**Theorem 1.8.** *Given a metric space *X*, there exists a complete metric space such that is a dense subset of .*

*Proof.* w:Completion (metric space)#Completion

## Linear algebra[edit | edit source]

**Theorem 1.9.** *Let *V* be a vector space. Then every (possibly empty) linearly independent set is contained in some basis of *V*.*

*Proof.* Let be the set of all linearly independent set containing the given linearly independent set. is nonempty. Moreover, if is a chain in (i.e., a totally ordered subset), then is linearly independent, since if

where are in the union, then all belong to some member of . Thus, by Zorn's Lemma, it has a maximal element, say, *E*. It spans *V*. Indeed, if not, there exists an such that is a member of , contradicting the maximality of *E*.

The theorem means in particular that every vector space has a basis. Such a basis is called a *Hamel basis* to contrast other bases that will be discussed later.

**Theorem 1.10 (Hahn-Banach).** *Let be a real vector space and be a function on such that*

- and

for any and any . If is a closed subspace and is a linear functional on such that , then admits a linear extension defined in such that .*Proof.* First suppose that for some . By hypothesis we have:

- for all ,

which is equivalent to:

- .

Let be some number in between the sup and the inf. Define for . It follows that is an desired extension. Indeed, on being clear, we also have:

- if

and

- if .

Let be the collection of pairs where is linear space with and is a linear function on that extends and is dominated by . It can be shown that is partially ordered and the union of every totally ordered sub-collection of is in (TODO: need more details). Hence, by Zorn's Lemma, we can find the maximal element and by the early part of the proof we can show that .

We remark that a different choice of in the proof results in a different extension. Thus, an extension given by the Hahn-Banach theorem in general is not unique.

**Exercise** *State the analog of the theorem for complex vector spaces and prove that this version can be reduced to the real version. (Hint: )*

Note the theorem can be formulated in the following equivalent way.

**Theorem 1.11 (Geometric Hahn-Banach).** *Let *V* be a vector space, and be a convex subset. If *x* is not in *E*, then there exists a hyperplane that contains *E* but doesn't contain *x*.*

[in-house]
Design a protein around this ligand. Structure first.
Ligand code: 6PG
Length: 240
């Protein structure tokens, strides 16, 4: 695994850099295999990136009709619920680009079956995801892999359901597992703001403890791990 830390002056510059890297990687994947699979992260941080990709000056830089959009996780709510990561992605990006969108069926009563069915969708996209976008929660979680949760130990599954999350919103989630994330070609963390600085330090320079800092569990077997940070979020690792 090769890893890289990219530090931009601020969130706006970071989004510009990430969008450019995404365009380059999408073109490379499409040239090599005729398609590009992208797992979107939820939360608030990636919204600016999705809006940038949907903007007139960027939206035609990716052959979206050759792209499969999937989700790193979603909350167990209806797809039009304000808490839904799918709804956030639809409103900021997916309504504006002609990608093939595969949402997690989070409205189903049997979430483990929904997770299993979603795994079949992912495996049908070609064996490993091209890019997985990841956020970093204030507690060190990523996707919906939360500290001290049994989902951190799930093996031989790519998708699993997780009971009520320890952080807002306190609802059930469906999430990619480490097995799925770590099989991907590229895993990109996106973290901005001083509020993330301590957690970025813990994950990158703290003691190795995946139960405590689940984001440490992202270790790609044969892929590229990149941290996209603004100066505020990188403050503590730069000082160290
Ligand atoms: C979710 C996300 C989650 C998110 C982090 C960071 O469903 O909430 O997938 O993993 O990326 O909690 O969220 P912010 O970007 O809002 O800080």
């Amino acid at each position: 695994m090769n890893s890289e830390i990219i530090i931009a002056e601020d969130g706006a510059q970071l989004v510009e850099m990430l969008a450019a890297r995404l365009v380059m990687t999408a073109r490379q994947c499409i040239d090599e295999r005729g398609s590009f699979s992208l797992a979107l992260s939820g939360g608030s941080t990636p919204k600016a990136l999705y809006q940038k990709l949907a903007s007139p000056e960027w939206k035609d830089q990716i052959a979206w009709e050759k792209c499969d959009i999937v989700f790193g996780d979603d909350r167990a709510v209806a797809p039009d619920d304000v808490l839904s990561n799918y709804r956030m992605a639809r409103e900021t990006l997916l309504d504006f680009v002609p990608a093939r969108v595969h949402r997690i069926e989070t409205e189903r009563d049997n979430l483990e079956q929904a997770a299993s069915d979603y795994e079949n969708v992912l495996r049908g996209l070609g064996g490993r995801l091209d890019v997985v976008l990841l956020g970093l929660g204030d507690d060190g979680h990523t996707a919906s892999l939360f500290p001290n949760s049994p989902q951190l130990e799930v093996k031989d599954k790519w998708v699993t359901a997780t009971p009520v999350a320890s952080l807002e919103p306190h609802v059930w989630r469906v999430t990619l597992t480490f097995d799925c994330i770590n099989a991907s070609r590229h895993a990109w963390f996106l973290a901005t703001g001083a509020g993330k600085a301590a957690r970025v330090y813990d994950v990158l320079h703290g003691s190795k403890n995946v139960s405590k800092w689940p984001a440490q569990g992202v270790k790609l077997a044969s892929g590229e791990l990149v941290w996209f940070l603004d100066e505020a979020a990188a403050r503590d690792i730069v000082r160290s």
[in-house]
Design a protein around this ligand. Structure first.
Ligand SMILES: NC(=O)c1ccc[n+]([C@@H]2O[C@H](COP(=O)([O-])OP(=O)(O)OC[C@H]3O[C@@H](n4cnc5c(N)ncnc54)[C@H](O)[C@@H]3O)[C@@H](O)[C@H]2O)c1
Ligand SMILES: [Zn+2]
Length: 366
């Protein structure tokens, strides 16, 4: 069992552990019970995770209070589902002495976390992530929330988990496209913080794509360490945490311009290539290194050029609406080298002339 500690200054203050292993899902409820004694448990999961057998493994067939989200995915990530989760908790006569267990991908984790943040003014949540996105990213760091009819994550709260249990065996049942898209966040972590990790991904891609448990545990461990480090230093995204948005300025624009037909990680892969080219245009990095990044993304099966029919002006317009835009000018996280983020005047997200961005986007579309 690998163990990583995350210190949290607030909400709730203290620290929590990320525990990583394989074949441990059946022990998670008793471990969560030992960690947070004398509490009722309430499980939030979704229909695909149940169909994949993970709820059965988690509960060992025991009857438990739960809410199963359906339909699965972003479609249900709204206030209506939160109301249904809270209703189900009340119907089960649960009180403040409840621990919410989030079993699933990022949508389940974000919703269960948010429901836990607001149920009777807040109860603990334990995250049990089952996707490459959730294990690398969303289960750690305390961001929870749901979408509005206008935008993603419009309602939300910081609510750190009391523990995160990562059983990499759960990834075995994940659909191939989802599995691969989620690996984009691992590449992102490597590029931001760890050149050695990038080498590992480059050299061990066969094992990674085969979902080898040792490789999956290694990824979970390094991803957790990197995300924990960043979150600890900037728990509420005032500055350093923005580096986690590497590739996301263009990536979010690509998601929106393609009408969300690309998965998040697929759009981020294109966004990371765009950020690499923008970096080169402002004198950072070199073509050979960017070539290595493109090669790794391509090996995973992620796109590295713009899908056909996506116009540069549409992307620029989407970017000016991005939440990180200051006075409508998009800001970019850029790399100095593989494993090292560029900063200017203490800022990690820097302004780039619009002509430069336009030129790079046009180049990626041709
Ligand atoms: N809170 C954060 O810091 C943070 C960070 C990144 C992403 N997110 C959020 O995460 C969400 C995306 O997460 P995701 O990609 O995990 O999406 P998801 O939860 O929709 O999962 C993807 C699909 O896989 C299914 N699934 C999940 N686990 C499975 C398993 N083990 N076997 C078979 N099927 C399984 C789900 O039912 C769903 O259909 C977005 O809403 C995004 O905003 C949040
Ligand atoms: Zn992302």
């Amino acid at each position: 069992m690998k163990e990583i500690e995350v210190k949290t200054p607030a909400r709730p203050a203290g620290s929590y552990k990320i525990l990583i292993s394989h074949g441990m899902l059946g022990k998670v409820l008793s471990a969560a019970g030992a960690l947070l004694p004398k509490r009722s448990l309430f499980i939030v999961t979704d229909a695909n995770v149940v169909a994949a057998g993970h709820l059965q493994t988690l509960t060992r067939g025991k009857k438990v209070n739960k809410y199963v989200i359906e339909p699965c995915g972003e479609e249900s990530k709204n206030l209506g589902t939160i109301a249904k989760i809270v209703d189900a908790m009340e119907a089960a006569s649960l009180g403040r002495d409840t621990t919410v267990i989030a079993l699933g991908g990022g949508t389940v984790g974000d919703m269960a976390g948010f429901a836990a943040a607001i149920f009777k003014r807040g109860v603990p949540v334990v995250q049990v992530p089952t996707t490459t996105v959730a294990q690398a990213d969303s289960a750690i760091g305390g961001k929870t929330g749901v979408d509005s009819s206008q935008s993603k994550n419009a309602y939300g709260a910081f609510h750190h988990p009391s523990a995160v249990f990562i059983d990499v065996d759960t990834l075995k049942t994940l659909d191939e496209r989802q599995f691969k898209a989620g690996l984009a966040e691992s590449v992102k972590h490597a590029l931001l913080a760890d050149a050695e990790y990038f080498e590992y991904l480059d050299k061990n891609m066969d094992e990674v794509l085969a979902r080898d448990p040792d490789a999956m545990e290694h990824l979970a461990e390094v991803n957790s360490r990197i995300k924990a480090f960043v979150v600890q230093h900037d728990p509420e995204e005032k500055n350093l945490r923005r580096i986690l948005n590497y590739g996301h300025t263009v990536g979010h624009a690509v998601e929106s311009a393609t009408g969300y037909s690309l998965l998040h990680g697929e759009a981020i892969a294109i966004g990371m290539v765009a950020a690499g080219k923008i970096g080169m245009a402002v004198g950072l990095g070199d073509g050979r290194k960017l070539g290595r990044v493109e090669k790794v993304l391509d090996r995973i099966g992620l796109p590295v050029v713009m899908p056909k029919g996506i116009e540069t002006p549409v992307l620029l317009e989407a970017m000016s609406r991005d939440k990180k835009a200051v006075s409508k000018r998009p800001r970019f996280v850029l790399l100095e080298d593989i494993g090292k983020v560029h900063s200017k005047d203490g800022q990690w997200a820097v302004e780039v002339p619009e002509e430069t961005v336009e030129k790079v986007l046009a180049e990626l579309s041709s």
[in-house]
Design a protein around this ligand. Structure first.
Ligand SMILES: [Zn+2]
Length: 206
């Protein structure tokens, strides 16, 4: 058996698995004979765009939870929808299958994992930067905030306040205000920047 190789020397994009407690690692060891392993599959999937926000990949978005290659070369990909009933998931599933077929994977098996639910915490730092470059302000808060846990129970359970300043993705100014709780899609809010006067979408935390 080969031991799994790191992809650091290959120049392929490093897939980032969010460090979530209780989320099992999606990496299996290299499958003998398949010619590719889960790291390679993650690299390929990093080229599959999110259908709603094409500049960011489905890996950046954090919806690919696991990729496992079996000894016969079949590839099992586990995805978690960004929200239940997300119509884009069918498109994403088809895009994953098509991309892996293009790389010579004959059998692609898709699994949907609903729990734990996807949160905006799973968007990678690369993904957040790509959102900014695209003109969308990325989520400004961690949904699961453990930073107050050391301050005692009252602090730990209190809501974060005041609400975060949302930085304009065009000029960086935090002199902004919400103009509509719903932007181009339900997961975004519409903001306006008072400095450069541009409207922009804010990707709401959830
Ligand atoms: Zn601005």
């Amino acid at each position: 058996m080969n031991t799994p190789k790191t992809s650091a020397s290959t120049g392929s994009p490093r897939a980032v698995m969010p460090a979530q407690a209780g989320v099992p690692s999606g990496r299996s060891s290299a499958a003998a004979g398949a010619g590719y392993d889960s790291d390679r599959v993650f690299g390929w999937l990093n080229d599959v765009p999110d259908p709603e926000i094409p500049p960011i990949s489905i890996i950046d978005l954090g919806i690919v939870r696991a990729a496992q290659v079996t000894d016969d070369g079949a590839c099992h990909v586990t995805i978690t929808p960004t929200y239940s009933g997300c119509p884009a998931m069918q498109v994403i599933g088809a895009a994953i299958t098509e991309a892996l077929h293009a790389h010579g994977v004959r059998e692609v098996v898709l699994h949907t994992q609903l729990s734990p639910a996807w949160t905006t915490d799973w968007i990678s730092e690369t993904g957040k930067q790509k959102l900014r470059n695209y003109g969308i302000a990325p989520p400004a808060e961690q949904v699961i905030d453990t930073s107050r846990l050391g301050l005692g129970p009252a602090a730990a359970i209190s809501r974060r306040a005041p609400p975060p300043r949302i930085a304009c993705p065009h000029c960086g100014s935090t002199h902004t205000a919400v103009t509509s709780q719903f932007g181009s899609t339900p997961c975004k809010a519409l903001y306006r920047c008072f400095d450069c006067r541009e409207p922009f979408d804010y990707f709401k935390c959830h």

*Proof.* We prove the statement is *equivalent* to the Hahn-Banach theorem above. We first show that there is a one-to-one corresponding between the set of sublinear functional and convex sets. Given a convex set , define . (called a w:Minkowski functional) is then sublinear. In fact, clearly we have . Also, if and , then, by convexity, and so . Taking inf over *t* and *s* (separately) we conclude . Now, note that: . This suggests that we can define a set for a given sublinear functional . In fact, if is sublinear, then for we have: when and this means . Hence, is convex.

**Corollary 1.12.** *Every convex subset of a vector space is the intersection of all hyperplanes containing it (called convex hull).*

**Exercise.** *Prove Carathéodory's theorem.*

(TODO: mention moment problem.)

**Theorem 1.13.** *Let be linear vector spaces, and a canonical surjection. If (where X is some vector space) is a linear map, then there exists such that if and only if . Moreover,*

- (i) If exists, then is unique.
- (ii) is injective if and only if .
- (iii) is surjective if and only if is surjective.

*Proof.* If exists, then . Conversely, suppose , and define by:

for . is well-defined. In fact, if , then . Thus,

- .

By this definition, (i) is now clear. (ii) holds since implies if and only if . (iii) is also clear; we have a set-theoretic fact: is surjective if and only if is surjective.

**Corollary 1.14.** *If induces a map where are subspaces, then we can induce*

- .

*Proof.* Obvious.

**Corollary 1.15.** *If is a linear map, then .*

*Proof.* Obvious.

**Exercise.** *Given an exact sequence*

- ,

*we have: *